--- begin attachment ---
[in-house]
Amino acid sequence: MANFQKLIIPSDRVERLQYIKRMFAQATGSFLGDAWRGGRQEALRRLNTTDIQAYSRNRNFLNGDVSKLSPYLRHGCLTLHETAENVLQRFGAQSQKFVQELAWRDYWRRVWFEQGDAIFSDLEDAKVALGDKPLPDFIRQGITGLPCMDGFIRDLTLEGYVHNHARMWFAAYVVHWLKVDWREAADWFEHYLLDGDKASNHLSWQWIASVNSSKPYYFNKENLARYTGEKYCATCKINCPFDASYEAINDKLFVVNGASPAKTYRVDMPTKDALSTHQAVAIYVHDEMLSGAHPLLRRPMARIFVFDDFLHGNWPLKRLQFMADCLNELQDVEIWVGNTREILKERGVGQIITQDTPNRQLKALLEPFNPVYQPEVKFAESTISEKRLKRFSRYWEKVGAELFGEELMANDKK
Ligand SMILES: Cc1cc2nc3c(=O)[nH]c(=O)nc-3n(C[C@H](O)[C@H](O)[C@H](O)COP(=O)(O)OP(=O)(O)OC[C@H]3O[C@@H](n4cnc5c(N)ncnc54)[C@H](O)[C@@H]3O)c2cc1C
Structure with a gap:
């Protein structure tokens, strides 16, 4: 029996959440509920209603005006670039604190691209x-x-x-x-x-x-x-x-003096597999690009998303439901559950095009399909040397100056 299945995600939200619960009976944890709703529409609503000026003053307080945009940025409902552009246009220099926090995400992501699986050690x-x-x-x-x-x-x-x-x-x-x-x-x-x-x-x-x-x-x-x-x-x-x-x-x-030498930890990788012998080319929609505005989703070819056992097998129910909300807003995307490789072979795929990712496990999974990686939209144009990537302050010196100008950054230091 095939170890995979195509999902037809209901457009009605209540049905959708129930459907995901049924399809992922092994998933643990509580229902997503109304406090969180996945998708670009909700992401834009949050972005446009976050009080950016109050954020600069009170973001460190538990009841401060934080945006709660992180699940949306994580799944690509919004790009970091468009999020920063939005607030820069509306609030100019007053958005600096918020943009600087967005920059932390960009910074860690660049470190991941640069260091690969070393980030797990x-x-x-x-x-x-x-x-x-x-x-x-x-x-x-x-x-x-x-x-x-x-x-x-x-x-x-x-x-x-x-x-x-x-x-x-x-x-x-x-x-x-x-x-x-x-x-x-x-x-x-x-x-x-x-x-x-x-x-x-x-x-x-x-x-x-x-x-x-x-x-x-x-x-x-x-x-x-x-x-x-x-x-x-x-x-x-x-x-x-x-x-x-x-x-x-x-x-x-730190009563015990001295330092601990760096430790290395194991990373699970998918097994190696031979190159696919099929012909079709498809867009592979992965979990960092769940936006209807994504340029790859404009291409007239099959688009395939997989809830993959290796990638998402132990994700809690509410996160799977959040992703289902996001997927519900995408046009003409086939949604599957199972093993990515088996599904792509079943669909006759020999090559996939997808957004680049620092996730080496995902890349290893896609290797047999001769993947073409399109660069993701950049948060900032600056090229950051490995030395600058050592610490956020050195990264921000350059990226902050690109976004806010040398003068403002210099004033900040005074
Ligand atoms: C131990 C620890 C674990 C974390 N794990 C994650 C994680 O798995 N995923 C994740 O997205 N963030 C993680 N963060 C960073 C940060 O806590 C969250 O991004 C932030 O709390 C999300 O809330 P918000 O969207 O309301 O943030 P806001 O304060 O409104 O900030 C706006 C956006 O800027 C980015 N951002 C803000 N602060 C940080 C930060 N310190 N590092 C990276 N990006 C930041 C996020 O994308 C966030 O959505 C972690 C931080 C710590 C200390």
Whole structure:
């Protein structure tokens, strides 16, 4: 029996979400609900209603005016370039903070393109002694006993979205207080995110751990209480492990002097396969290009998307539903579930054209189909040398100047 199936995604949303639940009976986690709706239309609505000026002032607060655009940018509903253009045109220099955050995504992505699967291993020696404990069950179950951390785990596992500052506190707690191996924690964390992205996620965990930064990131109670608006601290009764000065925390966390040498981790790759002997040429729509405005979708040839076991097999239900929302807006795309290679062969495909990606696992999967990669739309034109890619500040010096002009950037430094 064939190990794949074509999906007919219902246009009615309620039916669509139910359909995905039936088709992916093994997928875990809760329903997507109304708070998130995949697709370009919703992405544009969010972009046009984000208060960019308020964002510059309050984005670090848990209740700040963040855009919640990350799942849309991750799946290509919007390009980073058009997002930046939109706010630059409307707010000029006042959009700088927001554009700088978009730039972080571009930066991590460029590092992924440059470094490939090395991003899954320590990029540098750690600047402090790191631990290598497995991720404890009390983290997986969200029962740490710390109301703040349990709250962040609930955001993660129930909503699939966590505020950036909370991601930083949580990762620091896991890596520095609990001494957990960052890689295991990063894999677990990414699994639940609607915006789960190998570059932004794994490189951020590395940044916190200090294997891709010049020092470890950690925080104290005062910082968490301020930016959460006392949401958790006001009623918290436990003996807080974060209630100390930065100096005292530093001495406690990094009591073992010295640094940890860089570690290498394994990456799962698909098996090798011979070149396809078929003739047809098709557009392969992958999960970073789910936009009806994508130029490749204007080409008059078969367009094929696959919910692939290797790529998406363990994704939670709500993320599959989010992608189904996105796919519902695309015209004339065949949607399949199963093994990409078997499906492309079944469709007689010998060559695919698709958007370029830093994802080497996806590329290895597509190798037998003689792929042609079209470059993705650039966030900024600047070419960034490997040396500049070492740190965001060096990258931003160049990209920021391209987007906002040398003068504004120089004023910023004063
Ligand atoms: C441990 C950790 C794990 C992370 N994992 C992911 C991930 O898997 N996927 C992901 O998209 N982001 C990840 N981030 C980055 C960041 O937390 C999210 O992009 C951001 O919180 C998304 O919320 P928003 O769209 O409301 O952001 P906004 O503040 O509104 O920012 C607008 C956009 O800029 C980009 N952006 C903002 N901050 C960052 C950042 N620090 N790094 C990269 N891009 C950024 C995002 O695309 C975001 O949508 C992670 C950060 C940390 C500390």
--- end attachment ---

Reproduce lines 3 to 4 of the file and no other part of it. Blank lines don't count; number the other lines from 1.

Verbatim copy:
Ligand SMILES: Cc1cc2nc3c(=O)[nH]c(=O)nc-3n(C[C@H](O)[C@H](O)[C@H](O)COP(=O)(O)OP(=O)(O)OC[C@H]3O[C@@H](n4cnc5c(N)ncnc54)[C@H](O)[C@@H]3O)c2cc1C
Structure with a gap: